As I typically do, I attended this year’s Natural Products Expo West tradeshow in Anaheim, California. It was a great opportunity to see my clients and taste their many wonderful product offerings. This year, however, it was also an opportunity for me to hear from industry business leaders and consultants about the state of cannabinoids, and CBD in particular, regarding food and dietary supplements. It is no understatement to say that this topic was high on everyone’s minds this year.
As I previously wrote, the Federal Food and Drug Administration (FDA) has taken a dim view of cannabis, THC and CBD products. To date, the FDA has not approved a marketing application for marijuana for any indication. The FDA also has concluded that THC and CBD products are excluded from the dietary supplement definition set forth in sections 201(ff)(3)(B)(i) and (ii) of the Federal Food, Drug & Cosmetic Act (Act). Summarized briefly, if a substance is an active ingredient in a drug product that has been approved under 21 U.S.C. § 355 (section 505 of the Act), or has been authorized for investigation as a new drug for which substantial clinical investigations have been instituted and for which the existence of such investigations has been made public, then products containing that substance are outside the definition of a dietary supplement. THC, for instance, is the active ingredient in two approved drug products, and there are clinical investigation regarding CBD that have been made public. Thus, products containing THC or CBD cannot be marketed as dietary supplements.
So, for now, many companies are sitting on the fence, cognizant of the market demand for cannabis, THC and CBD products, but wary of the regulatory pitfalls that remain, despite the enactment of medical marijuana and, to a more limited extent, recreational cannabis laws in many states. That is not to say, however, that businesses are burying their heads in the sand.
Sean Murphy, the editor of the Hemp Business Journal, noted a few disruptions to watch, but there were two that really stood out as harbingers of what may come:
- Canada’s legislation will legitimize its cannabis industry. The proposed Canadian Cannabis Act will create rules for producing, possessing and selling cannabis across Canada. Additionally, Neptune Wellness Solutions CEO Jim Hamilton noted that the Canadian government is encouraging banks to work with the cannabis industry. Apparently, the Canadian government believes that it is in Canada’s best interest to have banking standards for the industry and to weed out criminal elements from legitimate business. (This “novel” concept is something that I previously wrote about in my money laundering blog post.) More importantly, Mr. Hamilton noted that Canada is a great “test market.” Major brands are doing their research for when the U.S. market matures. As reported by Time Magazine, Canada’s entry into legalized cannabis allows for the creation of a functional market, which allows the United States to study an efficient market and how to effectively nurture an industry where rules may vary among provinces. Such factors are of particular interest to any thoughtful business interested in participating in what is sometimes termed the “Green Rush.”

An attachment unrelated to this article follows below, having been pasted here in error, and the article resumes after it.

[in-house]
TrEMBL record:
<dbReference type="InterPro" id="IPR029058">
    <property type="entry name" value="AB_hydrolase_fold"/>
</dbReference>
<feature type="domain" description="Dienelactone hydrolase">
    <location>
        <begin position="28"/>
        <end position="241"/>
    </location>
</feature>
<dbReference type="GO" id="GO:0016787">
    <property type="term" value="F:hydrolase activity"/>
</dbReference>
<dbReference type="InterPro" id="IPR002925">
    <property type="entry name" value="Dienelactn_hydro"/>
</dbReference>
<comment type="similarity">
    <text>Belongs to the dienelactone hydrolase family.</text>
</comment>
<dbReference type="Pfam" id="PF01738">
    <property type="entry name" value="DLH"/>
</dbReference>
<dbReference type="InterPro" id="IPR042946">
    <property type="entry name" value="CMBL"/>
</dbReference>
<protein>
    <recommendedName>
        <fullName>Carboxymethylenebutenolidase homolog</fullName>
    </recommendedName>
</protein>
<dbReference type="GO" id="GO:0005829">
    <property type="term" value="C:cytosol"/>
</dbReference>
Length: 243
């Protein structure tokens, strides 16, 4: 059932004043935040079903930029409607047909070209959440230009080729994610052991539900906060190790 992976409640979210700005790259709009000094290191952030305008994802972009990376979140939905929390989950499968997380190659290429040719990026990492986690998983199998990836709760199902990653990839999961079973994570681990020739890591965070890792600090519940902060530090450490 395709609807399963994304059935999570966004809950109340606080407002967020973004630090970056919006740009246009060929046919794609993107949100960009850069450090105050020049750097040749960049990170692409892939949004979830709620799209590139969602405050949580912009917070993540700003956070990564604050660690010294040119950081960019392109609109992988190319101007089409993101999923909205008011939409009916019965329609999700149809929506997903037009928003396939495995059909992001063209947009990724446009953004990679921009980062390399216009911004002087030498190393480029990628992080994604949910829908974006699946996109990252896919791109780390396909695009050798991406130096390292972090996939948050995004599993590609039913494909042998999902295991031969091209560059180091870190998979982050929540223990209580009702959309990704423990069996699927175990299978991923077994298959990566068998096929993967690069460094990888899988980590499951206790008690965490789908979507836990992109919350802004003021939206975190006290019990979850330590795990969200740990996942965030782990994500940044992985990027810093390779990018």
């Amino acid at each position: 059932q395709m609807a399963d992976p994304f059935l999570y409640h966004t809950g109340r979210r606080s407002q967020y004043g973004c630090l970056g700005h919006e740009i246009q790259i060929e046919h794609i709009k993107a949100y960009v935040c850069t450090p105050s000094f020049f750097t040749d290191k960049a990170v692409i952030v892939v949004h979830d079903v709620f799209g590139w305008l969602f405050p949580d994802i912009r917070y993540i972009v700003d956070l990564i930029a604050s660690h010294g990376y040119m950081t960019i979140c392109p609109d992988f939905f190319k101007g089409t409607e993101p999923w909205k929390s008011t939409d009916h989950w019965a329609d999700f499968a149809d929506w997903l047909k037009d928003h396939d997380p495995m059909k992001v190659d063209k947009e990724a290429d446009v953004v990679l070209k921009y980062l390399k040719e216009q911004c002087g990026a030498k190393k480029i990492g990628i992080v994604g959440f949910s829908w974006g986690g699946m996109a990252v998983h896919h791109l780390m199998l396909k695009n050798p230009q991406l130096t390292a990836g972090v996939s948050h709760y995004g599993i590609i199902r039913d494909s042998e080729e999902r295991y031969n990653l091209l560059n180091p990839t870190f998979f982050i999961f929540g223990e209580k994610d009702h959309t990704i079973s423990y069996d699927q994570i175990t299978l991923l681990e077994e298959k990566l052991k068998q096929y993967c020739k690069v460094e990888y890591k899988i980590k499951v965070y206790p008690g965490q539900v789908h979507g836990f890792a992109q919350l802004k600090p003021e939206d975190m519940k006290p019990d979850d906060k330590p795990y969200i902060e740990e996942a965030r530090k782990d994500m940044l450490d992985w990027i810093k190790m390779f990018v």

- Big Tobacco, Big Alcohol, and Big Pharma are all investing in cannabis-based business. It was widely reported earlier this year, for example, that Constellation Brands (Corona and Modelo Beer, Svedka Vodka, Black Velvet whiskey, etc.) acquired a minority-stake in Canada’s Canopy Growth Corporation. The goal is to develop a non-alcoholic cannabis beverage in Canada. According to its website, Constellation Brands made this investment to “[stay] ahead of consumer trends and to exchange knowledge and expertise.”
For the time being, though, the United States’ patchwork approach to cannabis legalization has allowed small companies to grow without competition from corporate giants. However, if/when federal policy changes, larger players will enter the space. There is too much money to be potentially made to ignore.
While these disruptors are exciting to hear about, remember that all industries have a similar life cycle: introduction, growth, maturity, and decline. For many sectors of the cannabis industry, the industry is still in the introduction phase, albeit a few have entered the growth stage. These two “early” phases will require a significant amount of capital. Thus, it is also important to heed certain caveats.
First, while the Justice Department is sending mixed signals, one must still remember that the FDA has the power to shut the CBD-infused product market down. To date, the FDA has only shown interest in shutting down CBD companies that are making aggressive claims regarding the health benefits of their products. The FDA has been issuing warning letters indicating that CBD is not an approved dietary supplement, and there is no recognition of CBD as a generally regarded as safe (GRAS) ingredient. Thus, companies must carefully evaluate the FDA’s currently published guidance on CBD, THC and cannabis as they formulate and develop their products to better understand the regulatory challenges that they may face in successfully bringing those products to market.